There are plenty of other examples; suppose only one person in the world believed that scientology is based on fact, or that the earth is only 6000 years old, or that black people are inferior to white people, or that homosexuality is a perversion of a person's real nature, or that homeopathy is evidence-based science - we'd think them to be absurd. But once upon a time each of those things was thought up by one person, so by definition there was a time (albeit very brief in some cases) in the world when only one person, or a very few people, believed those things.

That there are so many people currently subscribing to these beliefs and views shows how easily absurd ideas are passed on to credulous minds, and how, after a time, multiplicity of belief can act as a protective shield against external scrutiny being employed properly. That is to say, you are less likely to stand out with your absurd belief if thousands (or in some cases millions) of people also share that belief around the world.

Asking if certain acts or beliefs would be socially acceptable if just one person did them or subscribed to them for the first time is largely about creative use of thinking to instil improvements. By getting people to think this way we can strip some of the beliefs of their protective niche and subject them to a more courageous scrutiny.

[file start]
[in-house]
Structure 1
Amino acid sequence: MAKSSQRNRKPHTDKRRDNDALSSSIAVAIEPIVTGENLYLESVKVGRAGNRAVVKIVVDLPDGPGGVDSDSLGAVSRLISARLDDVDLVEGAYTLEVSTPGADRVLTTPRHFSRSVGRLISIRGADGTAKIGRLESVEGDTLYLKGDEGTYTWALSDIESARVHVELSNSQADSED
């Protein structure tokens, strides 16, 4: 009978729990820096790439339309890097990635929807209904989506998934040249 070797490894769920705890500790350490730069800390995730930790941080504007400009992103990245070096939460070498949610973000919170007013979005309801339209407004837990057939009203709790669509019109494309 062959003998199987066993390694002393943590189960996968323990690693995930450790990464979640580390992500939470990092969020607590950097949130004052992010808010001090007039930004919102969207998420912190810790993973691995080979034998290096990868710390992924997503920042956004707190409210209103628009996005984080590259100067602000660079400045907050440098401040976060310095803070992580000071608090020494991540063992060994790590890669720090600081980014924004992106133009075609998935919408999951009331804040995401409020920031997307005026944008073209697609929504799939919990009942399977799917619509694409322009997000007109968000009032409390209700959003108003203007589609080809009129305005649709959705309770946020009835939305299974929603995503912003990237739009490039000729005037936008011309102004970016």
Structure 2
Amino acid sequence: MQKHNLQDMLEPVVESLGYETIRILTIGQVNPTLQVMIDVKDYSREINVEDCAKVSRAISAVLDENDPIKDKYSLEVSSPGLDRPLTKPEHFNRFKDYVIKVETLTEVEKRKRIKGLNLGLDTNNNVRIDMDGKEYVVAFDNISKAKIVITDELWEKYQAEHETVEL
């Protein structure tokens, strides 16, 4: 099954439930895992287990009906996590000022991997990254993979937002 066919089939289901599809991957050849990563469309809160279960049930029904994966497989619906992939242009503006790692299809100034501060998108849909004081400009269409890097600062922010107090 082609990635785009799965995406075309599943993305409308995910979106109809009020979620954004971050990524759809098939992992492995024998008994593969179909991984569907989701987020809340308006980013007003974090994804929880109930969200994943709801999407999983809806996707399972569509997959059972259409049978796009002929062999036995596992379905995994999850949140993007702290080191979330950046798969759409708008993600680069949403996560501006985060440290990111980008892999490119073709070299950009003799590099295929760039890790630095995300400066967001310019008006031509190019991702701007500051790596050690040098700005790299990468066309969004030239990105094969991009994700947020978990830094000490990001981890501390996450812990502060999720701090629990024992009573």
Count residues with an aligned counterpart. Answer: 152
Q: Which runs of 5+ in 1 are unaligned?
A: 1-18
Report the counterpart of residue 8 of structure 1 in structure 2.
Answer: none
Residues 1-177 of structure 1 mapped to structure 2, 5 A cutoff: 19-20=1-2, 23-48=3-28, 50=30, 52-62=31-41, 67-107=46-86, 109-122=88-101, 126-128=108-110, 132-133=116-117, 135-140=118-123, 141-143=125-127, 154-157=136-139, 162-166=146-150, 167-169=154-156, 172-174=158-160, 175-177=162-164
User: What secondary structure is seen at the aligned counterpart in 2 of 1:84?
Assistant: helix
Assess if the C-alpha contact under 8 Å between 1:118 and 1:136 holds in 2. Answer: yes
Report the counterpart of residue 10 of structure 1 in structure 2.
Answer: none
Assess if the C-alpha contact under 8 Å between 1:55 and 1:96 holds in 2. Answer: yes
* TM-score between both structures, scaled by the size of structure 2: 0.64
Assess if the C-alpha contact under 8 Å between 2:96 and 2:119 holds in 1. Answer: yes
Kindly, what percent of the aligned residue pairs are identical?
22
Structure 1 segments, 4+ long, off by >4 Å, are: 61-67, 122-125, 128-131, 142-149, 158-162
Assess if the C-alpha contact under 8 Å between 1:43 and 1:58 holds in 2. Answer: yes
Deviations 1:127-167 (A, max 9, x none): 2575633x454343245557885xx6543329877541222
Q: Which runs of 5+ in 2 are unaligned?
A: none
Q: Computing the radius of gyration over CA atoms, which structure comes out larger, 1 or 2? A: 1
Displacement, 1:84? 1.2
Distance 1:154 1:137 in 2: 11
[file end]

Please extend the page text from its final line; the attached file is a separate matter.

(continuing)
On the other hand, employing the ‘What if only one person believed it?’ phenomenon the other way: suppose we were a nation of litterbugs, with everyone dropping their litter everywhere they went, completely ignoring the bins (at a huge expense for local councils) - and then some bright spark thought up the idea that every individual should be responsible for putting their own litter in the bin. That would be a good idea that would spread quite fast, and the person who thought of it would be praised.

Everyone alive today exists in an age in which thousands of views, beliefs and ideas are so ingrained in popular cultures that they are pretty much taken to be part of the furniture, often without very much critical and empirical evaluation. There are many we know with ease that they are good, and many we know with ease that they are bad - but there are an awful lot of good and bad views, beliefs and ideas that an awful lot of people think are good when they are actually bad, and bad when they are actually good.

With my above two methods you can subject any view, belief and idea to an interesting method of scrutiny. You can get a good sense of whether people really do apply the extensive logic required to be a vegan, a pacifist, a socialist, an eco warrior, an astrologer, an anti-abortionist, an anti-evolutionist, a Muslim, a Jehovah's Witness or numerous other examples I could proffer. Combine that with the assessment of a view, belief or idea with the ‘What if only one person believed it?’ test and you'll often be surprised how differently you feel about someone's opinion, not just in terms of its veracity, but also in terms of its place in society.